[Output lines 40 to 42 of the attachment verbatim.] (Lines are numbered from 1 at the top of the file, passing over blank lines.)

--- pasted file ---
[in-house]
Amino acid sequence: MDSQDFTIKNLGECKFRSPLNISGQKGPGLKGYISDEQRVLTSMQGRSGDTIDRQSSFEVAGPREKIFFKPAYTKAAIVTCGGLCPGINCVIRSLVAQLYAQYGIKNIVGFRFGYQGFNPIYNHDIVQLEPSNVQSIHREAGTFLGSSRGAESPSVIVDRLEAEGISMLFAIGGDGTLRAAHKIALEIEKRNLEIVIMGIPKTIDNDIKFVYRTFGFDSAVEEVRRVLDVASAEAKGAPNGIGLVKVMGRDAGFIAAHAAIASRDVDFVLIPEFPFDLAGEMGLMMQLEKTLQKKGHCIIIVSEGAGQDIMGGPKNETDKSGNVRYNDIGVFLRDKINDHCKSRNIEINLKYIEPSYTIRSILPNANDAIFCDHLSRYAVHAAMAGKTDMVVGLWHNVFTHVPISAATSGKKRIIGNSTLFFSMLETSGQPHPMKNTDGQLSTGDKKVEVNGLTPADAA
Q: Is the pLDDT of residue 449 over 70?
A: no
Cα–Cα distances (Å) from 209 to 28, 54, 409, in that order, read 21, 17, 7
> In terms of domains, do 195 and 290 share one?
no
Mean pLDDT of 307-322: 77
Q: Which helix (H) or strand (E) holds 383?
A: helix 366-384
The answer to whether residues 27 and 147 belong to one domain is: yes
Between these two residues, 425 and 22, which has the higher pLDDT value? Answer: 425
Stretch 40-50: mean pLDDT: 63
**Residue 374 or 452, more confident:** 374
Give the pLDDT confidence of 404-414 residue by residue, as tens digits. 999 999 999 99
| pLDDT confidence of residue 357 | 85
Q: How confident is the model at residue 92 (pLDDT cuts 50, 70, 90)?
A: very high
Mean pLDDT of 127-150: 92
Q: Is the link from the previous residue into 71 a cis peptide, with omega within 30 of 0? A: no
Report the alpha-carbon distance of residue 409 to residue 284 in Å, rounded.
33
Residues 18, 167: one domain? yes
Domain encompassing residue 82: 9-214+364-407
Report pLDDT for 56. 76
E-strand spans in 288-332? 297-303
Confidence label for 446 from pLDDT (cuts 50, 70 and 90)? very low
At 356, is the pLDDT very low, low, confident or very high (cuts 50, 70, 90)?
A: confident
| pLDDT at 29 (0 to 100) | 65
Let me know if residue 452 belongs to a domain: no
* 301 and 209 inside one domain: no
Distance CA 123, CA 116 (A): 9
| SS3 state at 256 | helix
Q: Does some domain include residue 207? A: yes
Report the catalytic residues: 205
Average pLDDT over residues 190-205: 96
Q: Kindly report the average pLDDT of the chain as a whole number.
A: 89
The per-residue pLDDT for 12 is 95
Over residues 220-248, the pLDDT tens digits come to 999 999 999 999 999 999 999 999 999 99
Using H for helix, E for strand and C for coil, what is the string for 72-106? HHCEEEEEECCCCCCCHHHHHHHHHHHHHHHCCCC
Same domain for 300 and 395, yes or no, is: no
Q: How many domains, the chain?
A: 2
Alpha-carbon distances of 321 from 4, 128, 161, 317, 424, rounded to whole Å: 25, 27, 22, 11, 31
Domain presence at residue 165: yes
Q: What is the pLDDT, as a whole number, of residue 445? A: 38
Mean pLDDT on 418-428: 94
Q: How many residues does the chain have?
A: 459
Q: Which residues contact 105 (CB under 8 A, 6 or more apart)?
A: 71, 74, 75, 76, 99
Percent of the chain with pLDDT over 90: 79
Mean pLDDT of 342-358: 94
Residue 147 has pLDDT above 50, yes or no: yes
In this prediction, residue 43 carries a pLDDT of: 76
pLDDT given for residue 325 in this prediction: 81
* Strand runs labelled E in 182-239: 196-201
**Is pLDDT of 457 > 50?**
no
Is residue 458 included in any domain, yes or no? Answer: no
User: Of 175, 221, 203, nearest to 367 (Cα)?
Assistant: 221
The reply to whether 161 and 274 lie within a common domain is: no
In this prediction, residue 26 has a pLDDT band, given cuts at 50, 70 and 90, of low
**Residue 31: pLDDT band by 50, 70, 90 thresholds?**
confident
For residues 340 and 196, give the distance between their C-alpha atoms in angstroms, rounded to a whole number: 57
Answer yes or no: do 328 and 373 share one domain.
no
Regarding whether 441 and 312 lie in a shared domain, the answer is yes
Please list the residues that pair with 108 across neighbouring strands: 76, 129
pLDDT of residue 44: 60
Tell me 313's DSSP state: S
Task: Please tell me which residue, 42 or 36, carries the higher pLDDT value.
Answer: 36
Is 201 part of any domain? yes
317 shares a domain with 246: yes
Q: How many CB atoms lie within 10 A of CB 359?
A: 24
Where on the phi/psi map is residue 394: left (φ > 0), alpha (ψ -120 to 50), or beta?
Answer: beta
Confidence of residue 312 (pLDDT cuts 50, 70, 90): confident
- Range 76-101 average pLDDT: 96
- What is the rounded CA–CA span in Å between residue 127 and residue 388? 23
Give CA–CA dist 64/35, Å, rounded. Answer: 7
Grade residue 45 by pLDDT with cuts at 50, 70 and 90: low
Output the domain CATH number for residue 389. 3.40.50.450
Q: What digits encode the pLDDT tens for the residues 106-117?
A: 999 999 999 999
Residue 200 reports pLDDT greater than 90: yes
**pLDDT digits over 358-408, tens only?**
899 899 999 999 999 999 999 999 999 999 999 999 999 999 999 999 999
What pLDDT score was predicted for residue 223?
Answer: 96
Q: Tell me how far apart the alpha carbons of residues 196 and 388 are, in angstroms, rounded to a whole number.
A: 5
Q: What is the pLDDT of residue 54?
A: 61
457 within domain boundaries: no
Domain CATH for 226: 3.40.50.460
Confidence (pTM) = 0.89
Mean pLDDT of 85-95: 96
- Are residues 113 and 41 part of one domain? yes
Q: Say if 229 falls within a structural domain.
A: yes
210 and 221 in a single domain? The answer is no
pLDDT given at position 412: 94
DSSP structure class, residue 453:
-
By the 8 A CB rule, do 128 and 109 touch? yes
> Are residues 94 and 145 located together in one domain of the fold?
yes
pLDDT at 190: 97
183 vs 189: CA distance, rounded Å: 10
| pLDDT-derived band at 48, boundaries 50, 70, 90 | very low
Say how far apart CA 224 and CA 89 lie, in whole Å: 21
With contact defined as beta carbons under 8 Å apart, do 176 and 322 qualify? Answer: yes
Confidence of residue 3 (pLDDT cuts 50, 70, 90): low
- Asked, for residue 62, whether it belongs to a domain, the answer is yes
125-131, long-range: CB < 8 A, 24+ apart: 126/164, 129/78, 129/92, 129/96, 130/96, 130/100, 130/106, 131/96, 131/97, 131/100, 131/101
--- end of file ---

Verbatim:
The per-residue pLDDT for 12 is 95
Over residues 220-248, the pLDDT tens digits come to 999 999 999 999 999 999 999 999 999 99
Using H for helix, E for strand and C for coil, what is the string for 72-106? HHCEEEEEECCCCCCCHHHHHHHHHHHHHHHCCCC